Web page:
Triumphant Death of a Japanese Student
( Originally Published Early 1900's )
JAPAN, seeing the advantage of the Western, over the Oriental civilization, years ago began sending some of her most brilliant young men to various universities in Europe and America, to learn the literature, laws, industries and customs of foreign nations, and to bring that knowledge back as practical information to their native land. I became acquainted with several of them, who attended the DePauw University in Indiana, twenty-five years ago. They were very keen in their intellectual apprehension, quick in their books and correct in their habits, and one or two of them were eloquent orators. One young man was instructed by his government to make American farming the subject of his special investigation. He was doing beautifully in his work, when he was attacked by consumption and wasted away to a mere shadow. I visited him frequently. I have seldom seen a rarer Christian character than he—so sweet in his contentment, so resigned to his lot, so happy in the hope of a blessed immortality. One day, on questioning him about the comforts of our religion, he replied : " The Holy Spirit is with me in my room all the time, and, better still, he is in my heart. I have not any word in your language, nor in mine, to express the sweetness which I have from that presence in my soul." Inquiring about his family, he answered : " My father is dead, but my mother is living. She had great hopes for me, and will be very sorry—will cry-when she hears that I cannot get well ; but I am glad to say she is also a Christian, and I believe our Heavenly Father will console her with the same spirit that comforts me. I wish I could have her by me now at the last, but I cannot, and I have given my final message to my Japanese companions to send to her. As I started away from home, mother said to me, ` My son, you are going far away, and are to be gone a long time ; you may not live to return, and if you should I may be dead when you get back. We will have this understanding: If I die first, I will look out of the window of heaven which opens toward America, and will watch for you ; and if you go first, you will stand at the window of heaven which opens on Japan, and watch for me. Christ, you know, my son, has destroyed death, and whatever may happen, you and I will live together forever.' " With face radiant with the upper glory, he said to me, " I am not far away from that Mansion, and I shall do as I promised my mother—watch at the window which looks out on Japan and welcome her when she shall come." His body rested in the same altar at which, years before, a student was converted who, being sent to Japan as a missionary, was instrumental in the conversion of the young man whose funeral service was being held.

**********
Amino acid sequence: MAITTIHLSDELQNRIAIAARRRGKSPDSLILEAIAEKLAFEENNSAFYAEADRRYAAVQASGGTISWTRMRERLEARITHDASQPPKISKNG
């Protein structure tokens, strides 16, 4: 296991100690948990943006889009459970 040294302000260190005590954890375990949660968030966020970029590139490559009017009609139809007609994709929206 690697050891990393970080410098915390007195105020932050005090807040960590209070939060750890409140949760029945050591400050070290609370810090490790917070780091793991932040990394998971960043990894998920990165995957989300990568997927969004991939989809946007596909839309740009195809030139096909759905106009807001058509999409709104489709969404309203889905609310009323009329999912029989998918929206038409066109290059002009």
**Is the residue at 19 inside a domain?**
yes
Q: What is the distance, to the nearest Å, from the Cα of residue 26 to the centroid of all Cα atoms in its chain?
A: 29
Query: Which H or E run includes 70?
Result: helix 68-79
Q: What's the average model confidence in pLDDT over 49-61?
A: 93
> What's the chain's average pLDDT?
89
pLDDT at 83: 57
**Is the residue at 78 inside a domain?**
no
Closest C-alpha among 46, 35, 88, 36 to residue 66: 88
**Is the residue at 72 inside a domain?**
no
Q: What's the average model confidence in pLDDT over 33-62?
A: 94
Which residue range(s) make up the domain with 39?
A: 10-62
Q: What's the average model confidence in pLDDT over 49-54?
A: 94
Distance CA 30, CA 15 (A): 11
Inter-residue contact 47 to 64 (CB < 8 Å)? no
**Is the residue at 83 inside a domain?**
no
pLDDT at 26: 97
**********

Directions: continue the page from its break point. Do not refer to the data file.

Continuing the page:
From an earthly point of view, the death of this young man was peculiarly distressing. Possessing brilliant talent, with commission and pay from the government, with the splendid opportunities for contributing to the marvelous progress which the Japanese Empire has since made among nations, with the magnificent possibilities of Christian usefulness in his home-land, it seemed a pity for him to die so soon. But from a heavenly point of view the picture is not dark. Affliction developed in the young man and illustrated in his character the most admirable spiritual qualities ; and consumption, for such a soul, only opened the door of the cage and let the imprisoned spirit free. Instead of considering our dead as buried in the cemetery, how much more beautiful to regard them as inhabitants of the Mansion, watching from the window, waiting for us!